QUESTION: What I wanted to ask you about was delivery. I find that in discussions about women's issues generally, and especially reproductive issues, men become very uncomfortable, whether it's that you say "fallopian tube" and they don't have one, or it's that they feel like they can't talk about it. So if you could just address engaging men and boys in these issues a little bit.

MICHELLE GOLDBERG: On the one hand, that's a question that activists and advocates are very, very concerned with. They are doing a lot of work about how to engage men and boys in these issues, how to engage men and boys in fighting violence against women, how to engage men in facilitating safe deliveries, and all these things.

On the one hand, when you write a book like this you put yourself in an interesting position, because actually journalists by their nature are not activists. Journalists tend to be more interested in problems than in solutions. Actually, I think, journalists tend to be more interested in the kind of ambiguities and the grey areas than in building the kind of coalitions that you need to solve all these problems. So to a certain extent, I see some of that as being almost beyond my purview.

I would say this. I think that in the 1950s and in the 1960s, when this issue was considered, when people were very concerned about the national security implications of overpopulation, you had a tremendous interest by men, if not by boys. You had the powers that be in many, many countries who were willing to mobilize vast resources and create vast new structures because it wasn't just about women's rights; it was more about the future of society.

I think there is some ambivalence now about making those kinds of arguments, because it seems to treat women as if their concerns are just tertiary. But I actually think that there are repercussions environmentally and economically and in terms of poverty and in terms of things that people who are concerned about the human future care about. I think if you can show them the connections, which are pretty clear, you can hopefully engage more people than just those who are already part of this discussion about reproductive health.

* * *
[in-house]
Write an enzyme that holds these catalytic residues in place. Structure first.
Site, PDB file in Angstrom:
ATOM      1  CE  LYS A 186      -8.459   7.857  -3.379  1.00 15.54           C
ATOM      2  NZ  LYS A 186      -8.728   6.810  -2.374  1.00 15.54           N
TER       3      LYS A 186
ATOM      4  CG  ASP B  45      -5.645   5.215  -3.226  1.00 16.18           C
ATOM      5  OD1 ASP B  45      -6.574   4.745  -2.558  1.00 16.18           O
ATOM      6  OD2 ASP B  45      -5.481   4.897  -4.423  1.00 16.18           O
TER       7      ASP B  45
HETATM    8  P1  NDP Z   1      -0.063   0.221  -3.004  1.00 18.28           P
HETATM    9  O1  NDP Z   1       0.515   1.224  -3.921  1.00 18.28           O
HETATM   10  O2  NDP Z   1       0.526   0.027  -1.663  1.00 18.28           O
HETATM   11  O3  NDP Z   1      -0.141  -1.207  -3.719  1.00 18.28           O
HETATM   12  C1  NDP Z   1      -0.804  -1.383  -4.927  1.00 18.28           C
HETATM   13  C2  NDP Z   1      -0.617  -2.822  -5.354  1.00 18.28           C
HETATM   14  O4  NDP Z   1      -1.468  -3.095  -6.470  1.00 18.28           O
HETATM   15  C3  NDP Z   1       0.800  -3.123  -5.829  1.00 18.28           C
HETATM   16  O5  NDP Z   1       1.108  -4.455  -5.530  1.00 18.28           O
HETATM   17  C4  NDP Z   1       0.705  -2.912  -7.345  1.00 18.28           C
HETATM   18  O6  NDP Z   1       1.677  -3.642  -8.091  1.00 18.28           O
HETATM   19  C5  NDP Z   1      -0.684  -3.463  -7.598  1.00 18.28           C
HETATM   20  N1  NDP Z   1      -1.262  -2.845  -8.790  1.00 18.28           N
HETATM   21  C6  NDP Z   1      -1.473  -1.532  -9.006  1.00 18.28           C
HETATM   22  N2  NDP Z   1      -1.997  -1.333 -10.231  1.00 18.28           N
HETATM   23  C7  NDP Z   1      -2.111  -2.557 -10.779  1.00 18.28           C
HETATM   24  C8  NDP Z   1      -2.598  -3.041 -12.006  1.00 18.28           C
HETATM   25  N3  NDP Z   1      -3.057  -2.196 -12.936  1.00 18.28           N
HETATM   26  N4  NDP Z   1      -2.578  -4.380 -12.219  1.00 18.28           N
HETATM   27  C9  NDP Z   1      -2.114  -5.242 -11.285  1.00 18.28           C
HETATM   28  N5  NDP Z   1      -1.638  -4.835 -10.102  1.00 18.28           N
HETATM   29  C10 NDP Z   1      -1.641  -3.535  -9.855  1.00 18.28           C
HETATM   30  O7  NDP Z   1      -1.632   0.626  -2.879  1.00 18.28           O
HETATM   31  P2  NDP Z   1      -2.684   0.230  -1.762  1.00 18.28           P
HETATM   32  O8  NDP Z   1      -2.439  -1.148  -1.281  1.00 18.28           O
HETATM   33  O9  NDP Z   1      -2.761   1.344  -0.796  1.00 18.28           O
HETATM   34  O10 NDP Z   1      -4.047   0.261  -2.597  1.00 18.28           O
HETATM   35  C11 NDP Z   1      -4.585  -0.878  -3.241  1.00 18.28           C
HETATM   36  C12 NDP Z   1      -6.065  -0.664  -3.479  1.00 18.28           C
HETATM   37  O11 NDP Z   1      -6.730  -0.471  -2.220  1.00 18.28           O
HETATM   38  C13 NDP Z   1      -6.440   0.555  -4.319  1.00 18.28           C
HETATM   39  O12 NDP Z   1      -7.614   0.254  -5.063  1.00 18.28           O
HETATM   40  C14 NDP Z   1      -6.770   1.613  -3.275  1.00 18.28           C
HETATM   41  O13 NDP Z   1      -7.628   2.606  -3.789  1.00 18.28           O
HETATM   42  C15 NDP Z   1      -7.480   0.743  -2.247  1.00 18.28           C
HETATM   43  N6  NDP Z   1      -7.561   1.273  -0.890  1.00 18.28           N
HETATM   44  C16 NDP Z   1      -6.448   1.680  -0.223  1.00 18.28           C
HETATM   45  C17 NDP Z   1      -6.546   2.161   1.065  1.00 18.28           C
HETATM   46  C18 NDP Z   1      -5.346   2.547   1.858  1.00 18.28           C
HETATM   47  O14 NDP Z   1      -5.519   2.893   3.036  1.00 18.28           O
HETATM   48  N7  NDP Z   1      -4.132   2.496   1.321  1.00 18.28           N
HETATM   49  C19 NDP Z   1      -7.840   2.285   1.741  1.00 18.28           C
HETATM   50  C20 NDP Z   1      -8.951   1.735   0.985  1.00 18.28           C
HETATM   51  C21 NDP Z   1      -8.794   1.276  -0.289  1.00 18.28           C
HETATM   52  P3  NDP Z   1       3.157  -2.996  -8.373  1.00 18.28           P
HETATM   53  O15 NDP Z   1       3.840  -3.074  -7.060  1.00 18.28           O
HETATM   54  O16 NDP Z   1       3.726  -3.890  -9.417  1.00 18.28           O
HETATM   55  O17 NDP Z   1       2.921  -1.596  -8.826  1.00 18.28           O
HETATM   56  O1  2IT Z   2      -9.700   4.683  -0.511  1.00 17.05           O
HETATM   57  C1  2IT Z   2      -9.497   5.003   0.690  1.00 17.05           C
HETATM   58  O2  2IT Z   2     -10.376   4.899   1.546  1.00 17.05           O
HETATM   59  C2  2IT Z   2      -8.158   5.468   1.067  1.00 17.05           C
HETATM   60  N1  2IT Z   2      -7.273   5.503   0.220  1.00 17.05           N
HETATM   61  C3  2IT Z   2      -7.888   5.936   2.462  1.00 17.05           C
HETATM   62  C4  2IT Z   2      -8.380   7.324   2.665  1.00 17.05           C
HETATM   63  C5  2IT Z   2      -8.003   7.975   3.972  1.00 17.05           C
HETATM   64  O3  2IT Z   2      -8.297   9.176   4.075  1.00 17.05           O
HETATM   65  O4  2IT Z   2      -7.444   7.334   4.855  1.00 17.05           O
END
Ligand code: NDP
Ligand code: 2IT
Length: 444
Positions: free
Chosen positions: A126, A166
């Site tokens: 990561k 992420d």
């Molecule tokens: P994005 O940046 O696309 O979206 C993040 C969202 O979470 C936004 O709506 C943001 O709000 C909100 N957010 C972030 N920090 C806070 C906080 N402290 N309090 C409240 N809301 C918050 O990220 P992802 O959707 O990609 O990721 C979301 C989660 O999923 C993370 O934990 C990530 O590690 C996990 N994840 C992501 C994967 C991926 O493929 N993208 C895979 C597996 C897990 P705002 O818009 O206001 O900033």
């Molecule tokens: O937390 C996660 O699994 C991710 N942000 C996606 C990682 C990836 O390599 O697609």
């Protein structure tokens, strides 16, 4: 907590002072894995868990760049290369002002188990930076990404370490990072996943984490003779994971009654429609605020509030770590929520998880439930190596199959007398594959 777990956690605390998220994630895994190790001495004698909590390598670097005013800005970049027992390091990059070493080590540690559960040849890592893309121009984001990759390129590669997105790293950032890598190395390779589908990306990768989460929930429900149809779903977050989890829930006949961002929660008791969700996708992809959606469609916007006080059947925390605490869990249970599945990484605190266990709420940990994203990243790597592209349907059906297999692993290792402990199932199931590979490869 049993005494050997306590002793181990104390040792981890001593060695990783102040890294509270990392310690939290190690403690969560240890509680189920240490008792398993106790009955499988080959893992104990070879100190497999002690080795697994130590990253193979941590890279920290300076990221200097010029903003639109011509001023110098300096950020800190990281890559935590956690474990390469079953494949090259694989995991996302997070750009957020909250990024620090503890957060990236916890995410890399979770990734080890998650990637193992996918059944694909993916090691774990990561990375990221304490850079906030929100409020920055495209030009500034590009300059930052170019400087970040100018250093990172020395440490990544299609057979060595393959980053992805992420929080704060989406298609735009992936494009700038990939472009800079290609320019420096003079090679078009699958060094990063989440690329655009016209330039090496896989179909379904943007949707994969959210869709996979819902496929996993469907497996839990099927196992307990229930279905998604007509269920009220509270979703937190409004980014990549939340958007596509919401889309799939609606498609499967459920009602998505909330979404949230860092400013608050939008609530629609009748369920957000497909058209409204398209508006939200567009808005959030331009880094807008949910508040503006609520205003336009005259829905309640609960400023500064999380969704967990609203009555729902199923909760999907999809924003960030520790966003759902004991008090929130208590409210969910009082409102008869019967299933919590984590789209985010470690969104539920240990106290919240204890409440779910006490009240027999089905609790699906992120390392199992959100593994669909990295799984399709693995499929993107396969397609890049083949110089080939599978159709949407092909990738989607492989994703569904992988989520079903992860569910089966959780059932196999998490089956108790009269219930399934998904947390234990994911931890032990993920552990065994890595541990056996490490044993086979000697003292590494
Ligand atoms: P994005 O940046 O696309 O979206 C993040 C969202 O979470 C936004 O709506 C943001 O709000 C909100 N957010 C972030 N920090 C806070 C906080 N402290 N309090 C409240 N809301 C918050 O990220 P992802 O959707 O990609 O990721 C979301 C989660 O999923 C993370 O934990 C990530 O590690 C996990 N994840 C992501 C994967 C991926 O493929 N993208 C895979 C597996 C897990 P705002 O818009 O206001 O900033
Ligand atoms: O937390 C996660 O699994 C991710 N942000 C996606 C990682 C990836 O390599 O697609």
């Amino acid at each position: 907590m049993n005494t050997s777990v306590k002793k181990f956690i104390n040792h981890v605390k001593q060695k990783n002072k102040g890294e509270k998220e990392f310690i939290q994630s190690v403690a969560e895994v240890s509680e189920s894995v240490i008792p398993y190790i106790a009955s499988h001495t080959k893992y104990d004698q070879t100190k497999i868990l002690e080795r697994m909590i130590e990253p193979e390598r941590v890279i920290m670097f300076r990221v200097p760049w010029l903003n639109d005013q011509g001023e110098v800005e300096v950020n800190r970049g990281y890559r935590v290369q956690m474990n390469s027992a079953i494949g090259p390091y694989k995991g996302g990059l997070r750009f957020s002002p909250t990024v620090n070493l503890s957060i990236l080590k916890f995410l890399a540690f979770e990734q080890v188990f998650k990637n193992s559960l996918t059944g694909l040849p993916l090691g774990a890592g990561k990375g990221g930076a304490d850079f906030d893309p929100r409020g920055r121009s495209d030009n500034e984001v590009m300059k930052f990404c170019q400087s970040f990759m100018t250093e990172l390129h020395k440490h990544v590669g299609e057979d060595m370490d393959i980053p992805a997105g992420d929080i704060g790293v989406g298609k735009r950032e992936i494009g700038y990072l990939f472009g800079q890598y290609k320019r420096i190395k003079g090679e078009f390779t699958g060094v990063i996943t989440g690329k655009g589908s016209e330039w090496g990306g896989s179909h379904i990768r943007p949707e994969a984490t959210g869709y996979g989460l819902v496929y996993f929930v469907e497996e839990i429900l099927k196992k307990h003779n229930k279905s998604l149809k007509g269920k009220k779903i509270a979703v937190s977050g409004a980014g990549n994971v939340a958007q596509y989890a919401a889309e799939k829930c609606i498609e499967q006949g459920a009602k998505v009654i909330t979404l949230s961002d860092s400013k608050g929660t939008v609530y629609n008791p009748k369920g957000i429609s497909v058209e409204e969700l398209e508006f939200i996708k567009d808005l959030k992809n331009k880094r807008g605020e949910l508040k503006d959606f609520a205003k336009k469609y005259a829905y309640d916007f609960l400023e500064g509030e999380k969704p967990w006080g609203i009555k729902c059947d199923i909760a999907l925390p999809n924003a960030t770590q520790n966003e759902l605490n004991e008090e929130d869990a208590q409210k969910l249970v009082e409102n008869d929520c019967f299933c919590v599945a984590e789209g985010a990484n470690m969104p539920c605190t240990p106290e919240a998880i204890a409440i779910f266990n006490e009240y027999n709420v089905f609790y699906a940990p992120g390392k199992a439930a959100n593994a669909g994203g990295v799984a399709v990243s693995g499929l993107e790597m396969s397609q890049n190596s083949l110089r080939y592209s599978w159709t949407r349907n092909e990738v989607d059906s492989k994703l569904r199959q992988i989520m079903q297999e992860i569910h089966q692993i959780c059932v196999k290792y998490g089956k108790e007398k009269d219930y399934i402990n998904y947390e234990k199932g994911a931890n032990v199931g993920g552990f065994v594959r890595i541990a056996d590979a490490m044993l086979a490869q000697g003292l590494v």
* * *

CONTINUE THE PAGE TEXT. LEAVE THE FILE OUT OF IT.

WILLIAM VOCKE: Let me read a quote here from the cover: "Women's rights are often treated as mere appendages to great questions of war, peace, poverty, and economic development." Not that women's rights aren't crucial, but are women's rights equivalent to war and peace? Or are they appendages?

MICHELLE GOLDBERG: No, I don't think that they are appendages. It's not that I'm going to say that abortion rights and the toll of unsafe abortion is equivalent to the toll of war. That's not the argument I'm making. The argument I'm making is that you're never going to get anywhere in terms of addressing war, in terms of addressing the causes of war and the causes of instability and the causes of all these other world subjects, like terrorism, until you take this very fundamental issue seriously.

To go back before to when we were talking about education and how education then changes the number of children that a woman has and whether they're educated and all these things, when you have educated women who have control over their own fertility, you have smaller families who are better educated, who are healthier.

And actually, no other factor it turns out has such an impact on the kind of health and welfare of a family as a woman's education—not the wages of a husband, not the development in her community.

And so when you have educated women you have more stable communities. When you have women who are basically enslaved by the dictates of men and biology, you have societies that are of very large, poor, often poverty-stricken families, which create the underlying conditions for all kinds of terrible disorder.